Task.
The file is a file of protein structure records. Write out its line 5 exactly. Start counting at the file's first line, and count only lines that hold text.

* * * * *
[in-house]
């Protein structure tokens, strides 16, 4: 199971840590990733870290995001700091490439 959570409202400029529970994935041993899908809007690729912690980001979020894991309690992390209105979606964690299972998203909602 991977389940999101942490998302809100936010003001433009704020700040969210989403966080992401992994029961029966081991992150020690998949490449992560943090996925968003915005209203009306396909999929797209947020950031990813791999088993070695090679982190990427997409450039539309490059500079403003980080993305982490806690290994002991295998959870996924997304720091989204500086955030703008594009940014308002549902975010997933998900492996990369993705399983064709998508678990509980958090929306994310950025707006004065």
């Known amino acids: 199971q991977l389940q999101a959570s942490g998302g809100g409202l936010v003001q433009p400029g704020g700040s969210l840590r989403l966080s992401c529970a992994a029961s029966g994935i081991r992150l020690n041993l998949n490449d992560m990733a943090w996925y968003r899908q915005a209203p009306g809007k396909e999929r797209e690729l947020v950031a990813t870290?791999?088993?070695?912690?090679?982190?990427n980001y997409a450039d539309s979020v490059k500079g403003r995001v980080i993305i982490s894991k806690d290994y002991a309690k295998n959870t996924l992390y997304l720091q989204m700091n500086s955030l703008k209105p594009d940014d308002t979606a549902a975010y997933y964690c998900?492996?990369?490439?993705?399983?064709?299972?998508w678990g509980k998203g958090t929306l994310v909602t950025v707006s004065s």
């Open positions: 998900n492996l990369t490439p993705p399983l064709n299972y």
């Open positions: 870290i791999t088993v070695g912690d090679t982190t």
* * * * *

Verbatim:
């Open positions: 870290i791999t088993v070695g912690d090679t982190t």